An Umbrian mystery

In the walls of the Palazzo Bucelli in Montepulciano, Italy, which was built in the 17th century and remodelled in the 18th century by the antiquarian Pietro Bucelli, there are a number of inscriptions. These inscriptions are generally thought to be in Etruscan or Latin, but they look more like Umbrian to me.

Here is an example of one of the inscriptions:

Umbrian inscription?

This inscription, which reads from left to right, can be transliterated as something like: “AOTETINA ARNTNI TETINALISA”.

You can see more here.

What do you think?

This entry was posted in Language, Writing.

4 Responses to An Umbrian mystery

  1. Alex says:

    Wasn’t there a personal name Arnth in Etruscan? (See, for example, .) This might be connected with the second word in this inscription, in which case it might indeed be Etruscan after all.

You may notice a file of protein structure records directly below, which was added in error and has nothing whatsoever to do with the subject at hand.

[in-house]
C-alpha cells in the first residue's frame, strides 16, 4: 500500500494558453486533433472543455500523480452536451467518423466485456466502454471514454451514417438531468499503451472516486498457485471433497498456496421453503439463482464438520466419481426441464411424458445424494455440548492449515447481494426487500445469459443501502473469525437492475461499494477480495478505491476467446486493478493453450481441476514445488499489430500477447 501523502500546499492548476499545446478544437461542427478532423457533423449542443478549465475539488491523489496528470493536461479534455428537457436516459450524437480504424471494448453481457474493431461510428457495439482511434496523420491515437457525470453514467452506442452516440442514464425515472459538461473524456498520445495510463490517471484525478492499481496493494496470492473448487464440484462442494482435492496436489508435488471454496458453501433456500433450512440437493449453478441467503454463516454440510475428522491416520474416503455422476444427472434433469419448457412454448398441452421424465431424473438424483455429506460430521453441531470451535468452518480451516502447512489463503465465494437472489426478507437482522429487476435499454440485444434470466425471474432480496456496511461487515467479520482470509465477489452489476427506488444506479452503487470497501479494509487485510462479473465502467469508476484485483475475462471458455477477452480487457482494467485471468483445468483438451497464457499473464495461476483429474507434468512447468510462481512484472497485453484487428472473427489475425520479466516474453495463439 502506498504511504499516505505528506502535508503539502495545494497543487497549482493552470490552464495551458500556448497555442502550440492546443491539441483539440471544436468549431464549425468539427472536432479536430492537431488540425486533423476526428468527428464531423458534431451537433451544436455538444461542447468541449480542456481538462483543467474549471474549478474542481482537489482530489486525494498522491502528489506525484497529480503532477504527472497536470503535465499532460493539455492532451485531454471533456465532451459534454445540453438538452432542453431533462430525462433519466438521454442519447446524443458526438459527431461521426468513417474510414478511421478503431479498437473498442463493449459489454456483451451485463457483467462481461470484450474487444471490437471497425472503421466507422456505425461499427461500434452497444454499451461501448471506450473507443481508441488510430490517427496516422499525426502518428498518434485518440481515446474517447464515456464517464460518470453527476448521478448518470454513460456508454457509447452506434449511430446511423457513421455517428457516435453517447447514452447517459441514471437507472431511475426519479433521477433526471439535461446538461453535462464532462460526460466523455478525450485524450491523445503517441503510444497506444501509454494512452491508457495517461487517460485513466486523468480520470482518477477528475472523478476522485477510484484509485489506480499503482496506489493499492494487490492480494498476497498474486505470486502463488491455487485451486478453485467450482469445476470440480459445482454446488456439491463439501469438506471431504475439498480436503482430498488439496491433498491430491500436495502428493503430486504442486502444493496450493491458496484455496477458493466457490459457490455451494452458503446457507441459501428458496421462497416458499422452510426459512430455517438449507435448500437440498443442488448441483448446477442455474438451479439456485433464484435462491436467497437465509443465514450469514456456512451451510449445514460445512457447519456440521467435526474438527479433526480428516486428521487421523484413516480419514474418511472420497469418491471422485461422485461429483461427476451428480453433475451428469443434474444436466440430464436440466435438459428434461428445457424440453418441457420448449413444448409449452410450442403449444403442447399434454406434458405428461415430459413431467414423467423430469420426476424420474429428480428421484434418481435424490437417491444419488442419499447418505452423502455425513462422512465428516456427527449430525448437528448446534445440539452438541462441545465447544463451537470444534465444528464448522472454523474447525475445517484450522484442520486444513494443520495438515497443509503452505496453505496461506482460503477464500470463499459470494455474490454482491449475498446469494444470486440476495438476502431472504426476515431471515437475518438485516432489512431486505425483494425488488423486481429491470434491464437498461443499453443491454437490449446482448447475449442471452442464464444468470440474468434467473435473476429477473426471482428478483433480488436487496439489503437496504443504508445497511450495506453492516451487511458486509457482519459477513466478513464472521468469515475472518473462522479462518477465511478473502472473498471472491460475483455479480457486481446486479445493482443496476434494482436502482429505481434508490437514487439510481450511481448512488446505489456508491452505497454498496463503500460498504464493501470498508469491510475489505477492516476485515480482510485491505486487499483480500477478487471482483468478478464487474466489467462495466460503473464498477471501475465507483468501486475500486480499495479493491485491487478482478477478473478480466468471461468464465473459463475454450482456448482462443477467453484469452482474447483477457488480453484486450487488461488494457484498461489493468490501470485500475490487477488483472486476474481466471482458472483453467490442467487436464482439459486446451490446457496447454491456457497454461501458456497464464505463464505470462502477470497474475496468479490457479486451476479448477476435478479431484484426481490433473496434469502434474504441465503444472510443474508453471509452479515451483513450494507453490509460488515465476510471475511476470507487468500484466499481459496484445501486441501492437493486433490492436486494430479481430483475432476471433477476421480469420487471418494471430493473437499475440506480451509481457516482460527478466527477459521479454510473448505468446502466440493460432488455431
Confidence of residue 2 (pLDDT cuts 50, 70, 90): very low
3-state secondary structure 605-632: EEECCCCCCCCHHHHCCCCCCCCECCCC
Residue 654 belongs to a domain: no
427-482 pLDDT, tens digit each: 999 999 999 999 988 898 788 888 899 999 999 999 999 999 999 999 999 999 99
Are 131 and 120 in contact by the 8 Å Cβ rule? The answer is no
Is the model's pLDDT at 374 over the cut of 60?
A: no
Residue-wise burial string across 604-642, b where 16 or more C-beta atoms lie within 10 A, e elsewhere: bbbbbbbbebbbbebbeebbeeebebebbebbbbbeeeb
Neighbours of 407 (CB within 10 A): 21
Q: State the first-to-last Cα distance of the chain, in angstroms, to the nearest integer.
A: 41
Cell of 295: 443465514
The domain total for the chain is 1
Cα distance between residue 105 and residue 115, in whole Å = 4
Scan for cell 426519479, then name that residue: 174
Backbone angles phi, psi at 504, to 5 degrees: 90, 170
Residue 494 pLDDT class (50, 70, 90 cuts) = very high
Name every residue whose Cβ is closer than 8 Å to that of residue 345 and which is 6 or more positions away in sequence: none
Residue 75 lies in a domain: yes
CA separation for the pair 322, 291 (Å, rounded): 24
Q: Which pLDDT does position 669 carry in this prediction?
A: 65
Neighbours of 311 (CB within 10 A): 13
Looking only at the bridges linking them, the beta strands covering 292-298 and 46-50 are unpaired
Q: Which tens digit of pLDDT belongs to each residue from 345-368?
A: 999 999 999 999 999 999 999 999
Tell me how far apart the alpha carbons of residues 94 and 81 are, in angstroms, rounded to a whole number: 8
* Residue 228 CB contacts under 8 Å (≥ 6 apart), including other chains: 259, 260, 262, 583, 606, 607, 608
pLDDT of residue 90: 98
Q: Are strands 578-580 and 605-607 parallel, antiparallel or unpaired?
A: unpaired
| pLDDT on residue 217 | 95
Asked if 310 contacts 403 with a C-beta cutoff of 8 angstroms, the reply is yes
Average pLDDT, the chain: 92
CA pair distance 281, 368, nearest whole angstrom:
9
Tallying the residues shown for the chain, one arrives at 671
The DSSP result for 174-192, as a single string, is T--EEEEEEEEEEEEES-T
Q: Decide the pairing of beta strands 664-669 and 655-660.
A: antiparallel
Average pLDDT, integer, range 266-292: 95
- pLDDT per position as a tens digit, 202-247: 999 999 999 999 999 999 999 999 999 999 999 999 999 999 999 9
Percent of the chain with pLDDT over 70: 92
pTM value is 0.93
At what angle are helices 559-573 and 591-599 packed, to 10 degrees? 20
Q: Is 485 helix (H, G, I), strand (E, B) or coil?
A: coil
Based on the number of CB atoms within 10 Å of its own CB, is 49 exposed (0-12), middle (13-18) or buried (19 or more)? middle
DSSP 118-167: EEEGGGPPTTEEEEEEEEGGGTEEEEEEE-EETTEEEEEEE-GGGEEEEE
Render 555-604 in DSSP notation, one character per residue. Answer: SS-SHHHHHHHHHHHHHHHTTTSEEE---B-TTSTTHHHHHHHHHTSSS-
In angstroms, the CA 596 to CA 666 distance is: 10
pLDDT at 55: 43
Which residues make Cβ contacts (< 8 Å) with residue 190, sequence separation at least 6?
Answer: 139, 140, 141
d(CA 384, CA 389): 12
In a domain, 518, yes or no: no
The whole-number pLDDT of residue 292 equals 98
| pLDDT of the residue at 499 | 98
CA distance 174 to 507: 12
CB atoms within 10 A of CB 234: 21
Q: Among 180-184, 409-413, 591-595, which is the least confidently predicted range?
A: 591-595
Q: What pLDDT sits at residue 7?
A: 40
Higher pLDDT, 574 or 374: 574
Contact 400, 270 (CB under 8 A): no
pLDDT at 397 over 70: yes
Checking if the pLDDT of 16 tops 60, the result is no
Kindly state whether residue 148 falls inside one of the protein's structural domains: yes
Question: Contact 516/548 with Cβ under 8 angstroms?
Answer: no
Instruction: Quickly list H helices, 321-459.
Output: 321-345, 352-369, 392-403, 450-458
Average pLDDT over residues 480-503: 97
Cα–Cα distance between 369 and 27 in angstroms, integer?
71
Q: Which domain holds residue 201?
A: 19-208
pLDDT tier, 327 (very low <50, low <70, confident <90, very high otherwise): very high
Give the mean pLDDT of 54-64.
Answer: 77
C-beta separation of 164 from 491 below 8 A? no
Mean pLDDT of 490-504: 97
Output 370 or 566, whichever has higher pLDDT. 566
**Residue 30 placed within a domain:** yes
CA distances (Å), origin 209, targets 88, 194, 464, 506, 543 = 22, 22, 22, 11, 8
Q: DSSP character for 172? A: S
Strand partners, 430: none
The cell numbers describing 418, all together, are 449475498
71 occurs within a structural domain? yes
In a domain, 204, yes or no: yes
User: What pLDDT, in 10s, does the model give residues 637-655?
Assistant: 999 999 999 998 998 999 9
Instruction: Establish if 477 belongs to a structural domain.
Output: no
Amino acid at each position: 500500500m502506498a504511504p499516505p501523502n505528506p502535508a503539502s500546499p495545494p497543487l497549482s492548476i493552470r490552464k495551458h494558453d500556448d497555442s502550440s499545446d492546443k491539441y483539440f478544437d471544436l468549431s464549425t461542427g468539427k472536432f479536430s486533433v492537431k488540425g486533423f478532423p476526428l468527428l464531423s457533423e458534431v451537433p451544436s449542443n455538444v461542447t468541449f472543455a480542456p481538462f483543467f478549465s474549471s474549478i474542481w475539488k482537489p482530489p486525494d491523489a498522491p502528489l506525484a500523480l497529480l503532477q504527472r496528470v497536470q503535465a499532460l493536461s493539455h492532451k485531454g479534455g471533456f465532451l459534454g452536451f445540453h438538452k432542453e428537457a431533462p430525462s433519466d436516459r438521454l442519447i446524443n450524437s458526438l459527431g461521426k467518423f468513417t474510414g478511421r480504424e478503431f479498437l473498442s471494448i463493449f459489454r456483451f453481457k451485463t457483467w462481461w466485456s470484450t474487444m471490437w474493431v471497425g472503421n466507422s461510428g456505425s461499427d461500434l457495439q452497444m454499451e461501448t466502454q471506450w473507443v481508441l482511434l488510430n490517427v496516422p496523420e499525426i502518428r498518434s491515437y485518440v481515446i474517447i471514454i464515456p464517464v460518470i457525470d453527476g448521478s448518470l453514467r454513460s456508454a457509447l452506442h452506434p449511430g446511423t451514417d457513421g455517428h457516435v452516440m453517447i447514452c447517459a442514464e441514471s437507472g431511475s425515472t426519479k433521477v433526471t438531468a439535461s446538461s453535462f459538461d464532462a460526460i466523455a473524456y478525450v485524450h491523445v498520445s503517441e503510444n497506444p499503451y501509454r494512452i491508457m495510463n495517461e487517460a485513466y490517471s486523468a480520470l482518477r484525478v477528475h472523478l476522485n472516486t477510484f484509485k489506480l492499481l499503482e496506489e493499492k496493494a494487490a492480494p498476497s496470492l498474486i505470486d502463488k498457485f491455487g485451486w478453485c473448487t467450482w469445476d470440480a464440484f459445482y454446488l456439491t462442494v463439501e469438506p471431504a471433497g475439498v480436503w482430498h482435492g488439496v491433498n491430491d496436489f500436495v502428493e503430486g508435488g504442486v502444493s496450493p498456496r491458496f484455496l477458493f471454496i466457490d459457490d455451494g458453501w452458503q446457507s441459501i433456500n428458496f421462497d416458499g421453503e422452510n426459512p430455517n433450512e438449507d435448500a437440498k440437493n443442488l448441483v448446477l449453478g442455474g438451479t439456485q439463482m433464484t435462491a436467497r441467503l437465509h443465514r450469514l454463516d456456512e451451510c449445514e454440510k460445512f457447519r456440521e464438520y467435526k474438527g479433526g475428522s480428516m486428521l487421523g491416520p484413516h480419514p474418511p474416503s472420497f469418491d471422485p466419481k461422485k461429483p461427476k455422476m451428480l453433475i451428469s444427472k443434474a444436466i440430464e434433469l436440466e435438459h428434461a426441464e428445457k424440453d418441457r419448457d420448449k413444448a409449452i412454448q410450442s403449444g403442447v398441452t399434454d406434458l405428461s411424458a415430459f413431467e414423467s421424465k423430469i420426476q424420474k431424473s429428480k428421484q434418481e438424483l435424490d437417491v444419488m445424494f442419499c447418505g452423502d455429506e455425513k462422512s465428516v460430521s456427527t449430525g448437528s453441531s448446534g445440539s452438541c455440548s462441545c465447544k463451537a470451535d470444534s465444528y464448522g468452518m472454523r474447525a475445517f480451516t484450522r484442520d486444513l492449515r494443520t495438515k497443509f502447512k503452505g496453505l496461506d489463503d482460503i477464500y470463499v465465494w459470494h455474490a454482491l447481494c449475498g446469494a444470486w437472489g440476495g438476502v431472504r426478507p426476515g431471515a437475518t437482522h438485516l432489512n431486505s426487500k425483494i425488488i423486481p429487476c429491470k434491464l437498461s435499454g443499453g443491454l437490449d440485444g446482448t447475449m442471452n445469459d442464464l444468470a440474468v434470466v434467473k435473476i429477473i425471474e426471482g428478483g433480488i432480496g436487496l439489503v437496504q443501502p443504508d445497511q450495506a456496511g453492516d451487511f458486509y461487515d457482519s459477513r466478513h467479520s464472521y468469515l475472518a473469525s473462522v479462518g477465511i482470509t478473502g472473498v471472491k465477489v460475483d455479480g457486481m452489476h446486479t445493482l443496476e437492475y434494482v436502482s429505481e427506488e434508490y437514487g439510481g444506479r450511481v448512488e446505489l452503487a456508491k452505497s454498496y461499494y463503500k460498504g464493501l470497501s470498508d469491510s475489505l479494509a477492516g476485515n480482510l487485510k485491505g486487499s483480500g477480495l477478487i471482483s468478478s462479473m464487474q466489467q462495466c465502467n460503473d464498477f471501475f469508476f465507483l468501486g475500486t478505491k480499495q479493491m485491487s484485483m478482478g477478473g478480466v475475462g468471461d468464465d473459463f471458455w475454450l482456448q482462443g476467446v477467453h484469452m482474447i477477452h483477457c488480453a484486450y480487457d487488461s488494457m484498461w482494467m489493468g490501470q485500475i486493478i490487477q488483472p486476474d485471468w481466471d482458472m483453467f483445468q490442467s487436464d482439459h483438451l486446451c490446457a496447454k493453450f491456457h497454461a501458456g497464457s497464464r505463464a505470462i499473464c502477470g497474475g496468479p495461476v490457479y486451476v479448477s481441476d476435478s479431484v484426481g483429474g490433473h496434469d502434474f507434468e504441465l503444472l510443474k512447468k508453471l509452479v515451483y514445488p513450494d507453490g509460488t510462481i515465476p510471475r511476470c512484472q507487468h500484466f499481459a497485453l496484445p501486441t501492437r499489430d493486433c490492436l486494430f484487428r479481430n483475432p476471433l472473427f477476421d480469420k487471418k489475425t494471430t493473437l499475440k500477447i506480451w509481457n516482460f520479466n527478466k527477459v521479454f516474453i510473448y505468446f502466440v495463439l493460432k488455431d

2. Joseph Staleknight says:

    Or it could mean something else in Umbrian.

  3. David Marjanović says:

    Well, it’s not Latin, and I don’t get the impression it’s Indo-European at all.

  4. Anoneemooose says:

    Fool! Let’s get things straight:
    1. It’s Etruscan text. I’m sure of it, but I don’t know what it’s doing in the 17th century.
    2. The first name ends in -a!! ***LOOK*** at your own picture for God’s sakes. Pathetically lazy of you to right “o” instead.
    3. Are you sure this is really an “o” or is it a “theta”?
    4. Etruscan -al-isa is a double genitive and typical in Etruscan names and since Arntni compares with “Arnth” as mentioned above by another poster, it’s probably just three names, two being the first and last name of the person, and the third, describing his family origins/ancestry.